Recently asked questions relating to Whitchurch leasehold conveyancing
My wife and I may need to sub-let our Whitchurch 1st floor flat for a while due to a new job. We used a Whitchurch conveyancing firm in 2004 but they have closed and we did not think at the time seek any advice as to whether the lease permits subletting. How do we find out?
Even though your last Whitchurch conveyancing solicitor is no longer around you can check your lease to check if it allows you to sublet the apartment. The rule is that if the deeds are non-specific, subletting is permitted. Quite often there is a prerequisite that you need to seek consent from your landlord or other appropriate person prior to subletting. This means that you cannot sublet in the absence of prior permission. Such consent should not be unreasonably turned down. If your lease does not allow you to sublet you should ask your landlord for their consent.
Looking forward to sign contracts shortly on a basement flat in Whitchurch. Conveyancing lawyers have said that they will have a report out to me within the next couple of days. What should I be looking out for?
The report on title for your leasehold conveyancing in Whitchurch should include some of the following:
- You should be told what constitutes a Nuisance in the lease
Back In 2000, I bought a leasehold house in Whitchurch. Conveyancing and Skipton Building Society mortgage went though with no issue. I have received a letter from someone claiming to own the freehold. It included a ground rent demand for rent dating back to 1997. The conveyancing practitioner in Whitchurch who acted for me is not around.What should I do?
First make enquiries of the Land Registry to make sure that the individual claiming to own the freehold is in fact the registered owner of the freehold reversion. It is not necessary to incur the fees of a Whitchurch conveyancing lawyer to do this as you can do this on the Land Registry website for £3. You should note that regardless, even if this is the legitimate landlord, under the Limitation Act 1980 no more than 6 years of rent can be collected.
I am looking at a couple of flats in Whitchurch which have in the region of fifty years remaining on the leases. Should I regard a short lease as a deal breaker?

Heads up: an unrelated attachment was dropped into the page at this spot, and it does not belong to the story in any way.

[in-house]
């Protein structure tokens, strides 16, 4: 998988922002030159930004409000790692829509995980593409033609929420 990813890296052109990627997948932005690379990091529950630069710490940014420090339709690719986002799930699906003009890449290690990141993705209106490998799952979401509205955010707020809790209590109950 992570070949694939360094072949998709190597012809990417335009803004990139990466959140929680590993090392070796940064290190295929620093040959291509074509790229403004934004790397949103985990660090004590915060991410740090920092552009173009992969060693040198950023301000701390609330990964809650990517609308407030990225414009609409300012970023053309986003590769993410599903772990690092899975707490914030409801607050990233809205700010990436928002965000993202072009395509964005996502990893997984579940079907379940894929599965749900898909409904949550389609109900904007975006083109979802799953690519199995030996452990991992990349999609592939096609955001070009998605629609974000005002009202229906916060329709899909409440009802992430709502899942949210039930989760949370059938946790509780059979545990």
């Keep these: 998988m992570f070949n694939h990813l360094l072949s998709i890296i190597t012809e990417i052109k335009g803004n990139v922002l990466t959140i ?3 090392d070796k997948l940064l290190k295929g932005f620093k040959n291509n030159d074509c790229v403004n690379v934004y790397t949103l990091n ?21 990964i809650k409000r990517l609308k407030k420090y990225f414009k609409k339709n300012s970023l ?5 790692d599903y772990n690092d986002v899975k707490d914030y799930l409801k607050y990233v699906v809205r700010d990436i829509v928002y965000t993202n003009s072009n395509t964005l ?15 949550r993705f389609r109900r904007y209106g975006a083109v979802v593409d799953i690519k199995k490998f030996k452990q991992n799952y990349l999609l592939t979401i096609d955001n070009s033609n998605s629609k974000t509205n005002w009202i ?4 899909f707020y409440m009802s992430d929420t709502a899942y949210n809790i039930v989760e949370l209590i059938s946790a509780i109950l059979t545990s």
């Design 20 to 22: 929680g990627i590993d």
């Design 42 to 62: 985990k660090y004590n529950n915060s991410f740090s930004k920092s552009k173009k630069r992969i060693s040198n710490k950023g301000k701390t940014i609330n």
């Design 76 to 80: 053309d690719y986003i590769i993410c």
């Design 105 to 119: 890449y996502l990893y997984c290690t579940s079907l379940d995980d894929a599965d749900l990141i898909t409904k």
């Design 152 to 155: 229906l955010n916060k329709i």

A lease is a legal document that entitles you to use the premises for a prescribed time frame. As the lease shortens the saleability of the lease decreases and results in it becoming more expensive to extend the lease. For this reason it is advisable to increase the term of the lease. More often than not it is difficulties arise selling premises with a short lease because mortgage lenders may be reluctant to lend money on properties of this type. Lease extension can be a difficult process. We advise that you get professional help from a solicitor and surveyor with experience in this arena
I've recently bought a leasehold property in Whitchurch. Am I liable to pay service charges for periods before my ownership?
In a situation where the service charge has already been demanded from the previous lessee and they have not paid you would not usually be personally liable for the arrears. However, your landlord may still be able to take action to forfeit the lease. A critical element of leasehold conveyancing for your conveyancer to be sure to have an up to date clear service charge receipt before completion of your purchase. If you have a mortgage this is likely to be a requirement of your lender.
If you purchase part way through an accounting year you may be liable for charges not yet demanded even if they relate to a period prior to your purchase. In such circumstances your conveyancer would normally arrange for the seller to set aside some money to cover their part of the period (usually called a service charge retention).
I own a garden flat in Whitchurch, conveyancing having been completed 2007. Can you please calculate a probable premium for a statutory lease extension? Similar properties in Whitchurch with a long lease are worth £243,000. The ground rent is £60 charged once a year. The lease comes to an end on 21st October 2096
With 74 years remaining on your lease we estimate the premium for your lease extension to range between £11,400 and £13,200 as well as professional fees.
The figure that we have given is a general guide to costs for extending a lease, but we are not able to provide a more accurate figure in the absence of detailed investigations. You should not use this information in tribunal or court proceedings. There may be additional concerns that need to be considered and clearly you should be as accurate as possible in your negotiations. Neither should you take any other action placing reliance on this information before getting professional advice.